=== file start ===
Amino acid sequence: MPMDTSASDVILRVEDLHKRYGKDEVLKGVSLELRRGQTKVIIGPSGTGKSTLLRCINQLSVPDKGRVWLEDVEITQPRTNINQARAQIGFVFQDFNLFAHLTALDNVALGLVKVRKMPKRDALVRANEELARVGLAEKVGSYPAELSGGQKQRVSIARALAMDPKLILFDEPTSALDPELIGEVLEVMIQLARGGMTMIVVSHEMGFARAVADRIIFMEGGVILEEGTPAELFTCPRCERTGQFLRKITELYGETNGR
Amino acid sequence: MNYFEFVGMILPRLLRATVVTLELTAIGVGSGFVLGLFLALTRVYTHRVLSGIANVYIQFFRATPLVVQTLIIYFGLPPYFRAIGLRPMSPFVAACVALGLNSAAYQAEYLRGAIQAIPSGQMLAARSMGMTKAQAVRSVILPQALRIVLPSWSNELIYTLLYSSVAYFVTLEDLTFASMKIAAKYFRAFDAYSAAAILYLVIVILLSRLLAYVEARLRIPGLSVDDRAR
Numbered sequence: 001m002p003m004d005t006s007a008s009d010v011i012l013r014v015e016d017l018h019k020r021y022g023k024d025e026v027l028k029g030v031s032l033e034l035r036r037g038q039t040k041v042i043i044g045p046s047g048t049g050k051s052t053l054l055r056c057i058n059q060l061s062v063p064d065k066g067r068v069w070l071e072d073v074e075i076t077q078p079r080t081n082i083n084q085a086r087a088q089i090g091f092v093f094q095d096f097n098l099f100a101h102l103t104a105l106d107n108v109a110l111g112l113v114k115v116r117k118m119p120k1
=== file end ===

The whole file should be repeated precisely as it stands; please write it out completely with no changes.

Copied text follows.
Amino acid sequence: MPMDTSASDVILRVEDLHKRYGKDEVLKGVSLELRRGQTKVIIGPSGTGKSTLLRCINQLSVPDKGRVWLEDVEITQPRTNINQARAQIGFVFQDFNLFAHLTALDNVALGLVKVRKMPKRDALVRANEELARVGLAEKVGSYPAELSGGQKQRVSIARALAMDPKLILFDEPTSALDPELIGEVLEVMIQLARGGMTMIVVSHEMGFARAVADRIIFMEGGVILEEGTPAELFTCPRCERTGQFLRKITELYGETNGR
Amino acid sequence: MNYFEFVGMILPRLLRATVVTLELTAIGVGSGFVLGLFLALTRVYTHRVLSGIANVYIQFFRATPLVVQTLIIYFGLPPYFRAIGLRPMSPFVAACVALGLNSAAYQAEYLRGAIQAIPSGQMLAARSMGMTKAQAVRSVILPQALRIVLPSWSNELIYTLLYSSVAYFVTLEDLTFASMKIAAKYFRAFDAYSAAAILYLVIVILLSRLLAYVEARLRIPGLSVDDRAR
Numbered sequence: 001m002p003m004d005t006s007a008s009d010v011i012l013r014v015e016d017l018h019k020r021y022g023k024d025e026v027l028k029g030v031s032l033e034l035r036r037g038q039t040k041v042i043i044g045p046s047g048t049g050k051s052t053l054l055r056c057i058n059q060l061s062v063p064d065k066g067r068v069w070l071e072d073v074e075i076t077q078p079r080t081n082i083n084q085a086r087a088q089i090g091f092v093f094q095d096f097n098l099f100a101h102l103t104a105l106d107n108v109a110l111g112l113v114k115v116r117k118m119p120k1